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Toler et al. v. Keiher.
errors, none of which are available except the fifth. The first and second are expressly waived in the appellants' brief. The third is an irregularity occurring upon the trial, and, therefore, belongs to the motion for a new trial. The fourth, sixth, seventh, eighth and ninth are regarded as waived, because they are not discussed in the appellants' brief. The fifth is error of the court in overruling the motion for a new trial. The reasons for a new trial are:
1. Irregularity in the proceedings of the court by which the defendants were prevented from having a fair trial, in this: the court proceeded of its own motion to give written instructions to the jury, after having been requested in writing by the defendants to have the jury give a special verdict, and because the court, of its own motion, instructed the jury to find a general verdict in addition to their special verdict.
2. Because the damages assessed againt the defendants are too large.
3. Because the verdict is not sustained by sufficient evidence.
4. That the court erred in giving to the jury, of its own motion, each and all of the instructions from one to eight, inclusive, because a special verdict had been asked for by the defendants.
5. That the court erred in overruling the motion of the defendants, in accepting the general verdict of the jury.
6. The court erred in receiving the special and general verdicts of the jury and discharging them.
The verdict is sustained by sufficient evidence, and the damages are not too large.
The bill of exceptions shows an exception to each of the instructions, and proceeds as follows: “And thereupon the jury, having retired, returned into open court with a special and a general verdict, and the same, having been examined by the court, was by the court refused, and thereupon the court read to the jury as follows: 'If upon the above facts, the
Toler et al. v. Keiher.
court shall be of opinion that the law is with the plaintiff, we find for the plaintiff and assess his damages at and if the law is with the defendant, we find for the defendant.' The words and phrases aforesaid, so read to the jury by the court, not being set forth in the original special verdict returned by the jury, nor any other words and phrases of the same import and meaning, and the defendant objected to the court reading the same to the jury, at the time and before the same were so read, but the court overruled the objection and the defendants at the time excepted; and thereupon the jury, having again retired, return into open court their general and special verdict, to the receiving of which the defendants at the time objected, because a general and special verdict could not be returned by a jury, when the parties had requested a special verdict, wherefore defendant objected to the court receiving either or both of said verdicts, which objection was by the court overruled, and to which ruling the defendant excepted at the time. And the court thereupon received both said general and special verdicts; and, on plaintiff's motion, the judgment of the court heretofore set out in the record was rendered on the special verdict of the jury, to the rendering of which the defendants at the time excepted.”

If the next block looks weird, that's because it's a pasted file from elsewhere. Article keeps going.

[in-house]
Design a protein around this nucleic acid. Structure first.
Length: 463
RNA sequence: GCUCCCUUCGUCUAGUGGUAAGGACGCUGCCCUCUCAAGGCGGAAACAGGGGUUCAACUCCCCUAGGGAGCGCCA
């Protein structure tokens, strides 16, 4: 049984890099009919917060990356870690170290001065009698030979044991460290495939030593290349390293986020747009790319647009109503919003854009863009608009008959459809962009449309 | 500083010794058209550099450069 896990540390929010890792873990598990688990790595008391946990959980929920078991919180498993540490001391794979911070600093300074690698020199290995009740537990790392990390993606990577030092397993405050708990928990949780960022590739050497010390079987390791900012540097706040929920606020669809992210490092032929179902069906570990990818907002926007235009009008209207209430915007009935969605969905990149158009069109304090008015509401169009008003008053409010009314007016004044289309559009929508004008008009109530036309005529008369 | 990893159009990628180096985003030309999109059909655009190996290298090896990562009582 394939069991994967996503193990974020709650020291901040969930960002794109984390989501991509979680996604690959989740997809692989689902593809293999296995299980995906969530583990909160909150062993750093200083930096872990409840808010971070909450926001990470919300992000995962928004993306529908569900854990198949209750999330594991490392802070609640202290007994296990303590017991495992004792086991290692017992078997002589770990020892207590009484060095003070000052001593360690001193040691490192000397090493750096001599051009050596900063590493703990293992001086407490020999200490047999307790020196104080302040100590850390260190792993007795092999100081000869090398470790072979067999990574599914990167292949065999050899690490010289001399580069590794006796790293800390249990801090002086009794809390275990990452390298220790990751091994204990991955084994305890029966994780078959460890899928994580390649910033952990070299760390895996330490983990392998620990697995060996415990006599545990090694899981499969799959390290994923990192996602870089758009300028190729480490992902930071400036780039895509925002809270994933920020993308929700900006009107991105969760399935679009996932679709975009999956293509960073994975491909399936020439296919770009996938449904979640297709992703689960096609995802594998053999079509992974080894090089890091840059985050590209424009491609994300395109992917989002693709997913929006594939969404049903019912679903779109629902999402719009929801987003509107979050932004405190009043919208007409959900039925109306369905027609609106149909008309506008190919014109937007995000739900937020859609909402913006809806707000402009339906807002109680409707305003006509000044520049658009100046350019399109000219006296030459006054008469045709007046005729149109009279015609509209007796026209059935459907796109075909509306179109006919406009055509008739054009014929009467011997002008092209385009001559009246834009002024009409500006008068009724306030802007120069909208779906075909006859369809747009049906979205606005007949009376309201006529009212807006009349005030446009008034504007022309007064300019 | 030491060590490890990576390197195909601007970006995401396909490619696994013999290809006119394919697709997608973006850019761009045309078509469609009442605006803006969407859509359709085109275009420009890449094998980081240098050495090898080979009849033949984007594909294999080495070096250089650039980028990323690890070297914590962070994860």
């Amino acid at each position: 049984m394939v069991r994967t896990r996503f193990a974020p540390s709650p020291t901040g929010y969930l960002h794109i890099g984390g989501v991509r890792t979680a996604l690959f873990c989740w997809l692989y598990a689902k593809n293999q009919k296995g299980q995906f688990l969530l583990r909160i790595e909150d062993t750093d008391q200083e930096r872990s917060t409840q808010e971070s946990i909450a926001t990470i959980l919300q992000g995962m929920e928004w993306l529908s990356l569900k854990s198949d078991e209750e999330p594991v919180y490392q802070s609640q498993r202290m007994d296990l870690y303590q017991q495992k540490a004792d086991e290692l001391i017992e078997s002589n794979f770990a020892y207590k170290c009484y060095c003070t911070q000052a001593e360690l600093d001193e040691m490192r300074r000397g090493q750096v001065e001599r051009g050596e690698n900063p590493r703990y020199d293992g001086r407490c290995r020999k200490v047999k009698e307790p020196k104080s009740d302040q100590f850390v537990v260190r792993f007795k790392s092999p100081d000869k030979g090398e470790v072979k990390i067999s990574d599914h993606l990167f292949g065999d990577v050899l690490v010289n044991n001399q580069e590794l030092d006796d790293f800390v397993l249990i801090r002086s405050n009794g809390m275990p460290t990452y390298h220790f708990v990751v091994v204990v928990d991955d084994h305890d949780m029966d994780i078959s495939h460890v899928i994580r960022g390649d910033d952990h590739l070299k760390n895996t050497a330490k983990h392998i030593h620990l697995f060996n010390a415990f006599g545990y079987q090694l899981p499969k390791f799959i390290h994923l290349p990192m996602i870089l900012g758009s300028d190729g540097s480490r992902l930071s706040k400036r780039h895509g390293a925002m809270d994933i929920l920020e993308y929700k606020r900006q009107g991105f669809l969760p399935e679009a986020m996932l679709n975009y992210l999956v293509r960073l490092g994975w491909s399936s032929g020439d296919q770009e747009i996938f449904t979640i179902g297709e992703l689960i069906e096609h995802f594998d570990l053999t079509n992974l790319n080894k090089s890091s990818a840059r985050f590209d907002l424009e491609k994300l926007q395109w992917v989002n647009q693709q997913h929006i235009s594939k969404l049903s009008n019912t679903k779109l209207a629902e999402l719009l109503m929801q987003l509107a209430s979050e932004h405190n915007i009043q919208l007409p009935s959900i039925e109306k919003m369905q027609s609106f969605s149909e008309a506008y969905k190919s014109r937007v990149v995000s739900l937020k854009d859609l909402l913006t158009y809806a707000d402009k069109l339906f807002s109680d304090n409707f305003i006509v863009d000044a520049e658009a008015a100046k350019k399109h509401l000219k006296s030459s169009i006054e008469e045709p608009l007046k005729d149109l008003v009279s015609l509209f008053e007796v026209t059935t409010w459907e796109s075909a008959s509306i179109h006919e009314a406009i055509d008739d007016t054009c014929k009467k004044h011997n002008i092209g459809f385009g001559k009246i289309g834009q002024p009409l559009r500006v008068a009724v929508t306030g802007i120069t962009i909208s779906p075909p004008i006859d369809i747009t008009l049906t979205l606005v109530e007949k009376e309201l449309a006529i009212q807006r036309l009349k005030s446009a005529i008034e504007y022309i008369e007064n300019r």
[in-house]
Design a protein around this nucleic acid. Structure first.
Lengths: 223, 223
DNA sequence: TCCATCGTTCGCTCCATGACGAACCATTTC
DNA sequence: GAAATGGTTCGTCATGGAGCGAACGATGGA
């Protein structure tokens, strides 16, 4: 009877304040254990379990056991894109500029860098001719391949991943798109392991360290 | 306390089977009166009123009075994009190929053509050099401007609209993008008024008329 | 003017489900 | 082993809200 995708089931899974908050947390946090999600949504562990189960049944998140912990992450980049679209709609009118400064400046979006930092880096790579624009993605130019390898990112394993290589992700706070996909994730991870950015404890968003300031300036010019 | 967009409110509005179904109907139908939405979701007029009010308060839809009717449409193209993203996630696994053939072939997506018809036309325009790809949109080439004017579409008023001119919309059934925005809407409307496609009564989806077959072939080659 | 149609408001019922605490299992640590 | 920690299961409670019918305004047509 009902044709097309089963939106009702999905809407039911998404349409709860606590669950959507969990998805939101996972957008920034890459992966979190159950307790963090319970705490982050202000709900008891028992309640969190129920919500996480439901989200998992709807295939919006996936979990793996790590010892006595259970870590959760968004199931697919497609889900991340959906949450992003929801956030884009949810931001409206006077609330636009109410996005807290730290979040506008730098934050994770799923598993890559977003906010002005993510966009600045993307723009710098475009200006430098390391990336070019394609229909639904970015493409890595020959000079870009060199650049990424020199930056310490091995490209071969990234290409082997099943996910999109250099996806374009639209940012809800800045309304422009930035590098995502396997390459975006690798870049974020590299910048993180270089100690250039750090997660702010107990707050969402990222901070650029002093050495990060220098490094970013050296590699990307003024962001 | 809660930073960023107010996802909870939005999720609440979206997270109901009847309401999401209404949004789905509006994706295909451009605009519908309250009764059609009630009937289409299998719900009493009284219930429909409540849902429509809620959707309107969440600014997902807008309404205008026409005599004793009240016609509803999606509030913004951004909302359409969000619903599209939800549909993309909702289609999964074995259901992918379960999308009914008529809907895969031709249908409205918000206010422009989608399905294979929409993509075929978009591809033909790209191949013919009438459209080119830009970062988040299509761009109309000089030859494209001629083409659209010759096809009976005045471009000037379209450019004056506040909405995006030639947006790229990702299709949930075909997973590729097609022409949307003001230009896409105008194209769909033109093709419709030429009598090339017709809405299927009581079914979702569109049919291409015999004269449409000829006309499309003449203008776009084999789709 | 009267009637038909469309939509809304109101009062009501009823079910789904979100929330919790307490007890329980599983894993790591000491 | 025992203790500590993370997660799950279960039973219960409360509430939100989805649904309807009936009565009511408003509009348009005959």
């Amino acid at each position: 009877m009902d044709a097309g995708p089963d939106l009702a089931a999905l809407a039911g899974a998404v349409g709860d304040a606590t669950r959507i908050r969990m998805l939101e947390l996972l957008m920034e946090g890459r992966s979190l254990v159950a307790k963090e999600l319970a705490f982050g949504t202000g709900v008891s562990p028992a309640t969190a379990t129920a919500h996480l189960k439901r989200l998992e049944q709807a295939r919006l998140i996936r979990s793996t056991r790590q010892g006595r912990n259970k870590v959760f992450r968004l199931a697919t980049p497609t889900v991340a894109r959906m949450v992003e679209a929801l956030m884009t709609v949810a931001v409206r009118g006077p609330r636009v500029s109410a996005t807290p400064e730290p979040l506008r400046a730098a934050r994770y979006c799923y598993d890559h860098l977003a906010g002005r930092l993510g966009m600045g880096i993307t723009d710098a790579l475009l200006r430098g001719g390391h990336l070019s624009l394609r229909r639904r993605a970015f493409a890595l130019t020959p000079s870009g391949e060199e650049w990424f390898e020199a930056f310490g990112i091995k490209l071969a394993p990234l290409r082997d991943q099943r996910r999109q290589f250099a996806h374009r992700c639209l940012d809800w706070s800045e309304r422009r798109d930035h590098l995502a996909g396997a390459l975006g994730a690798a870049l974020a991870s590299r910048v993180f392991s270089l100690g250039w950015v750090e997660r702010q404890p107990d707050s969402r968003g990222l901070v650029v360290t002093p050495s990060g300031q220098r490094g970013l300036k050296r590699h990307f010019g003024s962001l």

A demand for a special verdict does not relieve the court of the duty of instructing the jury as to the nature of the action and the issues, and as to the form of their special verdict and their general duty in relation thereto; but as the special verdict is to state facts only, leaving the law to the court, a demand therefor makes it unnecessary, and therefore improper, to give the jury instructions as to the law of the case. Therefore, so much of the third instruction as undertakes to tell the jury what is a sufficient tender, need not have been given, but all the other instructions were entirely appropriate, and fairly informed the jury of the nature of their duties, escept so much of the seventh and eighth instructions as required the jury, together with their special verdict, to find also
Toler et al. v. Keiher.
a general verdict, and directed them as to the requisites and form of such general verdict.
It was undoubtedly error, after a special verdict had been demanded and ordered, to instruct the jury to return also a general verdict. Bird v. Lanius, 7 Ind. 615; Noble v. Enos, 19 Ind. 72.